Men Save TWICE as much as Women towards a House Deposit

Property News, Statistics and Reports

In the UK, patterns of home ownership have significantly changed over the last decade. Private renting has doubled in the last 20 years, and growing numbers of Brits across the age spectrum are renting homes for longer periods than their parents ever did.

However despite an entire generation being defined by how out of reach home ownership is, Share to Buy have collated research that shows most Britons still favour buying over renting, with over half ranking home ownership as their number one top life goal.

However looking closely between genders, the gender gap is prevalent as research shows men have saved twice as much as women towards a deposit (11,660 compared to £5,620) while just over one in three men (35%) and nearly half of all women (48%) have not saved anything at all.

Can the Home Ownership Dream be Saved?

According to a Santander survey of would-be first-time buyers, 9 in 10 aspire to own their own home one day with the top life goals ranked in order of importance are:

  • Home Ownership (51%)
  • Achieving financial stability (40%)
  • Travel comes (29%)
  • Starting a family (27%)
  • Retirement security (16%)

When asked why owning a home is such a crucial life goal, 56% of respondents said it was for a sense of security, while 36% see it as something to pass on to their children. Another 36% say owning is more affordable than renting.

According to a Share to Buy survey of 1000 six- to ten-year-olds, the British home ownership dream starts young, with three-quarters of youngsters saying they’d like to purchase a property when they’re older, and over half hoping to do so before the age of 30.

But the reality of home ownership is a lot more challenging. For Londoners, where the demand for homes is higher than what’s available, research shows:

  • 60% of people are expected to be renting by 2025
  • 70% of would-be first-time buyers already believe the dream of home ownership is well and truly over
  • 64% say it will become even more difficult for future generations.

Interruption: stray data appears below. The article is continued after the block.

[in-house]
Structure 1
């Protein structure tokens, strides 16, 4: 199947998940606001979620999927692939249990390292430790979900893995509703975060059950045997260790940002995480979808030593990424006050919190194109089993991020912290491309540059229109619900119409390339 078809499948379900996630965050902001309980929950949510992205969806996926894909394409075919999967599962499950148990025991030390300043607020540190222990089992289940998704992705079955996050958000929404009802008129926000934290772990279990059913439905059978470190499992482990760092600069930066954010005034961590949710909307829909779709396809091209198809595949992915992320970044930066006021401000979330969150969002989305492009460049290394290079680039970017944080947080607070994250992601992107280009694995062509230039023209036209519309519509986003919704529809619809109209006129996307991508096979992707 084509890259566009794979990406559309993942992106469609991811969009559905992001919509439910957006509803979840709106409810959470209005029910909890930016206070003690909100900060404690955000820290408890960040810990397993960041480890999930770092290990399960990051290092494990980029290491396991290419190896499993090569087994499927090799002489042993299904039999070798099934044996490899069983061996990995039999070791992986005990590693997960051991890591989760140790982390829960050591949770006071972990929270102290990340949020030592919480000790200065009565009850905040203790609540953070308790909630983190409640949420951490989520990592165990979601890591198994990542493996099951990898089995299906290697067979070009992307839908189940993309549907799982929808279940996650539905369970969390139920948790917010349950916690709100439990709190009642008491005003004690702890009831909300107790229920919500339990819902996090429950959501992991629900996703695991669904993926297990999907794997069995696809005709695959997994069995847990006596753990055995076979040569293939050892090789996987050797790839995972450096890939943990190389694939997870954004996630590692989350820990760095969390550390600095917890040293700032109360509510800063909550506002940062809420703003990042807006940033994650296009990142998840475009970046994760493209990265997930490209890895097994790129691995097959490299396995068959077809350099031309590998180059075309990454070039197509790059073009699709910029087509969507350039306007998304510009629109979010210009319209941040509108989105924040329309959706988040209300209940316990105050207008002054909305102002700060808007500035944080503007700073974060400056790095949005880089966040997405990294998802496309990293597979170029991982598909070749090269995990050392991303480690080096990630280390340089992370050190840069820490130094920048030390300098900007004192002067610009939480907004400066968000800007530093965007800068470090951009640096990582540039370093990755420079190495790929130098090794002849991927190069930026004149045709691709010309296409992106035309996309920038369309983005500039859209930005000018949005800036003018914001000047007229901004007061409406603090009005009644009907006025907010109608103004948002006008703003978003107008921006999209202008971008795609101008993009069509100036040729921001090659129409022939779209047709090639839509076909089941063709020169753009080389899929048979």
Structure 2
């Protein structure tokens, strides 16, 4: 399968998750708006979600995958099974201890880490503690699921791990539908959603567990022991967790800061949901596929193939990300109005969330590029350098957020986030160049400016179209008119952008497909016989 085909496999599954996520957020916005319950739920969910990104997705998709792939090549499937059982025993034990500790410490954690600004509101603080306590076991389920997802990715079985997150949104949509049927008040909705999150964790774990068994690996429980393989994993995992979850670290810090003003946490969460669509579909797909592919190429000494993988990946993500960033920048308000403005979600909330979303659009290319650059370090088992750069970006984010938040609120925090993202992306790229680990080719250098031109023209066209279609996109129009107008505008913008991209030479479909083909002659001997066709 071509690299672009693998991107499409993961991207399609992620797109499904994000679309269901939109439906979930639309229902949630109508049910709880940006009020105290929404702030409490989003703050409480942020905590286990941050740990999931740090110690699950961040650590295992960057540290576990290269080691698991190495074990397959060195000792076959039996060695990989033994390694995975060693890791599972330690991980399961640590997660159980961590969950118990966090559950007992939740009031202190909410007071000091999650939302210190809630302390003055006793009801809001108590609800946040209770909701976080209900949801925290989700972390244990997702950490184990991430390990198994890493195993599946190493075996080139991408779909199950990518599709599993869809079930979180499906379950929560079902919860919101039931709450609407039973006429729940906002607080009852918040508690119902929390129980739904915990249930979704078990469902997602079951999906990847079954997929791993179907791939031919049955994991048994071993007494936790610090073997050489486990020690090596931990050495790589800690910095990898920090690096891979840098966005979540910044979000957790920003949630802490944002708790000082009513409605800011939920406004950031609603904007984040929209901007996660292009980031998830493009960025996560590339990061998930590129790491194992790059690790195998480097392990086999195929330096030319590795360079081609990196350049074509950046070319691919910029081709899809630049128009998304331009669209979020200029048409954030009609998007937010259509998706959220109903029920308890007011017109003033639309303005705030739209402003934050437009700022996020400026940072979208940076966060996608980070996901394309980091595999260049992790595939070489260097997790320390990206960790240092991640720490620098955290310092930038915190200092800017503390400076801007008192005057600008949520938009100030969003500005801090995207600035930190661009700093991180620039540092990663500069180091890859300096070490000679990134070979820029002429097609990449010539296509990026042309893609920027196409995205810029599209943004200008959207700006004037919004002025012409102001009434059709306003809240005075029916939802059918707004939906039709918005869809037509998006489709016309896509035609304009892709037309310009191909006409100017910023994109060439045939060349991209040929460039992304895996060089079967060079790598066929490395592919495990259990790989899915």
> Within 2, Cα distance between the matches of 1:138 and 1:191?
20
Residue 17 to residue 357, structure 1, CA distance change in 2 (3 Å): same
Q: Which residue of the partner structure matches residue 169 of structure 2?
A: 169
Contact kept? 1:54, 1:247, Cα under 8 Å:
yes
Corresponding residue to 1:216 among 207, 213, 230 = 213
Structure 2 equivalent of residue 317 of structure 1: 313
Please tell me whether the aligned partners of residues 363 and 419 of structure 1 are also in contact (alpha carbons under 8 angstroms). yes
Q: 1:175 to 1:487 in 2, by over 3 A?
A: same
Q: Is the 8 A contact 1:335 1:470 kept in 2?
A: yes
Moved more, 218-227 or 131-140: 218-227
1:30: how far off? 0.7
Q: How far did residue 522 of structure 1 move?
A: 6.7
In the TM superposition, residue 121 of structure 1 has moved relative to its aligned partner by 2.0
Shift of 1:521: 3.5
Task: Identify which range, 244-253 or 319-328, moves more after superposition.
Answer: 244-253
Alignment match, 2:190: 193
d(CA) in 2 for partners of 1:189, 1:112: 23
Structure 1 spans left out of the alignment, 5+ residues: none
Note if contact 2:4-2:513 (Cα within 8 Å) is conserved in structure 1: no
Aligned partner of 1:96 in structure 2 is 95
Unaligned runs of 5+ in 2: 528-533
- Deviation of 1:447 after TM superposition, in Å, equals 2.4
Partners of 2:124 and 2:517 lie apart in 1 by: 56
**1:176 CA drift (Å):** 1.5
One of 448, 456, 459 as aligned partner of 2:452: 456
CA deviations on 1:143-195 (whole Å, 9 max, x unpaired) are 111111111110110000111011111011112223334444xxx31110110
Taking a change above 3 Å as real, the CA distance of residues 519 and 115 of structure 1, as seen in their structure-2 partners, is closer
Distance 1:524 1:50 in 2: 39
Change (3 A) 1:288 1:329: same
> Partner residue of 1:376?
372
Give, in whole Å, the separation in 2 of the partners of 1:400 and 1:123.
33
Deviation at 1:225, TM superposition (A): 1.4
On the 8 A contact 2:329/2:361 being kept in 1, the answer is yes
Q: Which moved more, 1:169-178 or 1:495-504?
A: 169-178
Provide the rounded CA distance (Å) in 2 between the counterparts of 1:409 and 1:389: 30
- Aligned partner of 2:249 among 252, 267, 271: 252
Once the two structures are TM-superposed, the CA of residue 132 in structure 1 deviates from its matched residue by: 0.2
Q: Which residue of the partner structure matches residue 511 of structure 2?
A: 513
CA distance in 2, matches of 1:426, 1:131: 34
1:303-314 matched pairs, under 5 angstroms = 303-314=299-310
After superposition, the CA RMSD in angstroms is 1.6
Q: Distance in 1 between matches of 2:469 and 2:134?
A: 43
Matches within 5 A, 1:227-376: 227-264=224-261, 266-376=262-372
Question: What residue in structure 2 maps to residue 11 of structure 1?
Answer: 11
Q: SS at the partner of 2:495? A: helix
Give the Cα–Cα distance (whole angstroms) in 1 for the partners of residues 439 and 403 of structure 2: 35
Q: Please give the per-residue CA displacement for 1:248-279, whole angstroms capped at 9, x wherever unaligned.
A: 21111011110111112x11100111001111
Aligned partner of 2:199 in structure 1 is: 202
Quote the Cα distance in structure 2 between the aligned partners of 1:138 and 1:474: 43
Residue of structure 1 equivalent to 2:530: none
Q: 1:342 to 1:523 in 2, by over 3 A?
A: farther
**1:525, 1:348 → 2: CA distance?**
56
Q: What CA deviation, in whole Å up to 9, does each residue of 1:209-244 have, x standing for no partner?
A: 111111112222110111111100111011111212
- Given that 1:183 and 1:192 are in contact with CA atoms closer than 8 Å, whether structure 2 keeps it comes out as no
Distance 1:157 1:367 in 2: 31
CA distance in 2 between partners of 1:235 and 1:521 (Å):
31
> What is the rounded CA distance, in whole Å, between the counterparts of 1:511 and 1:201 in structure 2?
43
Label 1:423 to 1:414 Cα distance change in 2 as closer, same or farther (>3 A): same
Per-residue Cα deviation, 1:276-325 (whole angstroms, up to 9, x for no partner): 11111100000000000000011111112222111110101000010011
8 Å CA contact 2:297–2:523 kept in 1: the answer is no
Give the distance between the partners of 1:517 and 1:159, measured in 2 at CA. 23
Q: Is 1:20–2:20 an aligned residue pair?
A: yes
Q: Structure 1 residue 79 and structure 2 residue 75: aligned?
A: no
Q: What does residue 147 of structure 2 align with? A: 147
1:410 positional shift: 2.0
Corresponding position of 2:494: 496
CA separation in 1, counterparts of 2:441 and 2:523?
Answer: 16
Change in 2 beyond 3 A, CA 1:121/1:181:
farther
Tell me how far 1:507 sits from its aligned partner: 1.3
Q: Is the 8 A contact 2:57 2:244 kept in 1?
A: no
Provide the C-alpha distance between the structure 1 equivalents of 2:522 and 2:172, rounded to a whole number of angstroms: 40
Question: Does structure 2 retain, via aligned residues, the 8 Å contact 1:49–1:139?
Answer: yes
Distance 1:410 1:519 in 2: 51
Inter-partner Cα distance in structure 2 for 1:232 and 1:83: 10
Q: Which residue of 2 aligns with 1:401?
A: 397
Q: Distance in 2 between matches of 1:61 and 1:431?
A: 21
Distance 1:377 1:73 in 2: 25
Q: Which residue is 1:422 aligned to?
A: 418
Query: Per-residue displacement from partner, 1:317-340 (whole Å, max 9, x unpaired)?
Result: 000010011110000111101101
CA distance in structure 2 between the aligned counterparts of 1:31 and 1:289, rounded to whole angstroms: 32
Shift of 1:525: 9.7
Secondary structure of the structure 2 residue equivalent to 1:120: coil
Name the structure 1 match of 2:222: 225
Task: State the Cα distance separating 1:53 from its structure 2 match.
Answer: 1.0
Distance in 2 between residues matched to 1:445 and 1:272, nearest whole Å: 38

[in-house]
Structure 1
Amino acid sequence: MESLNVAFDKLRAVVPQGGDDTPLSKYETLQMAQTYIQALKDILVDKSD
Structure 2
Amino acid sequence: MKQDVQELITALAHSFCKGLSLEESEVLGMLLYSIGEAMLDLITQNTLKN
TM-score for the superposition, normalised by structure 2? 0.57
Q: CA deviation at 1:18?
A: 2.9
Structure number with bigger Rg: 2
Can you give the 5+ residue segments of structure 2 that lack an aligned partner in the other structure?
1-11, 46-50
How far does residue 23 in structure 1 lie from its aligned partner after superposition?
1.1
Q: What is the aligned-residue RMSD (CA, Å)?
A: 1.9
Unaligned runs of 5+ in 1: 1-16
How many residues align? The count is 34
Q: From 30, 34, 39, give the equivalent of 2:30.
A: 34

Although home ownership challenges are particularly acute for middle-income earners, individual buyers and those unable to turn to the ‘bank of mum and dad’.

Taking the Leap onto the Property Ladder

With so many potential first-time buyers aspiring to step onto the property ladder and the home ownership dream alive, taking the leap brings its challenges. These are the top three obstacles:

Deposits
Around 30% of would-be first-time buyers find the biggest challenge to be raising a deposit, and with the average actual deposit being £44,000, middle-income earners and those with no access to family wealth are impacted most.

Costs
Several factors come into play when considering cashflow as a barrier to home ownership, with many first-timers struggling to buy a property with their existing credit rating, or not having any existing family wealth to tap into.

Supply
Around 11% of Brits are unable to afford a home in their preferred area, while 6% struggle to borrow enough money from mortgage lenders for the property they want to buy.

Alternative Routes into Home Ownership

First-time buyers face several barriers to owning a property, but with some assistance, many believe the hurdles can be lessened. 37% say the Help to Buy scheme should be extended beyond 2023, 35% say rent prices should be capped, and 33% say stamp duty should be cut to all homes under £500,000. In addition, 13% of people want the number of Shared Ownership properties to increase.

Latest projections by Savills show demand for Shared Ownership is set to rise by 150% when the Help to Buy scheme comes to an end in 2023.

Nick Lieb, Head of Operations at Share to Buy, comments: “With prices on the open market skyrocketing, it is becoming increasingly difficult for first-time buyers to get onto the property ladder. Affordable home ownership schemes, such as Shared Ownership, are providing an alternative route onto the ladder for thousands of buyers up and down the country; often requiring much lower deposits than buying outright.”

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